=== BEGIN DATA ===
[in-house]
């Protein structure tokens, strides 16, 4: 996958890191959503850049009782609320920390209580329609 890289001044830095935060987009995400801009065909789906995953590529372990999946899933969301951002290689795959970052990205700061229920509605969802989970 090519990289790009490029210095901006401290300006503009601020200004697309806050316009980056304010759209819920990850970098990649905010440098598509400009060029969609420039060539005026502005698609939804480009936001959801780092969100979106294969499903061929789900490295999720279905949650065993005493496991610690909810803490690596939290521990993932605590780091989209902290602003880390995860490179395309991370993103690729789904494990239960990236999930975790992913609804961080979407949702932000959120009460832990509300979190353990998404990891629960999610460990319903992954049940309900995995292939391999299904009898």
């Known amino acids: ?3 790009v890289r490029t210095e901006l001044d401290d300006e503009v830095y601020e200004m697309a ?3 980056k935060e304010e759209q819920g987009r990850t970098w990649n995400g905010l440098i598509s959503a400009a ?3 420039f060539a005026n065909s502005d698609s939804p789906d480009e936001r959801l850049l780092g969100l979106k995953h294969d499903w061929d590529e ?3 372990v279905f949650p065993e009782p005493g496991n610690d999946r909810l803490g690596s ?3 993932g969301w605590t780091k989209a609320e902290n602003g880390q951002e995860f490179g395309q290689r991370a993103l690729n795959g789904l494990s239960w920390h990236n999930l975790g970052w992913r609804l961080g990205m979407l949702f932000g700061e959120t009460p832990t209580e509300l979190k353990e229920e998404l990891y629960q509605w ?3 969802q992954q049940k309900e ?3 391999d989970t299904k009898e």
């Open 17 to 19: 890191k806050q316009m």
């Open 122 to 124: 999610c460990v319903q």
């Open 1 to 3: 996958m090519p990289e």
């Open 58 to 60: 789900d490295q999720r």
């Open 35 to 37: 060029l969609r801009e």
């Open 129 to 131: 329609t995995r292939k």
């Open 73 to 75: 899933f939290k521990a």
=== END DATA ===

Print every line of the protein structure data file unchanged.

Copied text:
[in-house]
């Protein structure tokens, strides 16, 4: 996958890191959503850049009782609320920390209580329609 890289001044830095935060987009995400801009065909789906995953590529372990999946899933969301951002290689795959970052990205700061229920509605969802989970 090519990289790009490029210095901006401290300006503009601020200004697309806050316009980056304010759209819920990850970098990649905010440098598509400009060029969609420039060539005026502005698609939804480009936001959801780092969100979106294969499903061929789900490295999720279905949650065993005493496991610690909810803490690596939290521990993932605590780091989209902290602003880390995860490179395309991370993103690729789904494990239960990236999930975790992913609804961080979407949702932000959120009460832990509300979190353990998404990891629960999610460990319903992954049940309900995995292939391999299904009898």
């Known amino acids: ?3 790009v890289r490029t210095e901006l001044d401290d300006e503009v830095y601020e200004m697309a ?3 980056k935060e304010e759209q819920g987009r990850t970098w990649n995400g905010l440098i598509s959503a400009a ?3 420039f060539a005026n065909s502005d698609s939804p789906d480009e936001r959801l850049l780092g969100l979106k995953h294969d499903w061929d590529e ?3 372990v279905f949650p065993e009782p005493g496991n610690d999946r909810l803490g690596s ?3 993932g969301w605590t780091k989209a609320e902290n602003g880390q951002e995860f490179g395309q290689r991370a993103l690729n795959g789904l494990s239960w920390h990236n999930l975790g970052w992913r609804l961080g990205m979407l949702f932000g700061e959120t009460p832990t209580e509300l979190k353990e229920e998404l990891y629960q509605w ?3 969802q992954q049940k309900e ?3 391999d989970t299904k009898e």
């Open 17 to 19: 890191k806050q316009m």
């Open 122 to 124: 999610c460990v319903q």
């Open 1 to 3: 996958m090519p990289e």
């Open 58 to 60: 789900d490295q999720r």
């Open 35 to 37: 060029l969609r801009e």
């Open 129 to 131: 329609t995995r292939k």
């Open 73 to 75: 899933f939290k521990a």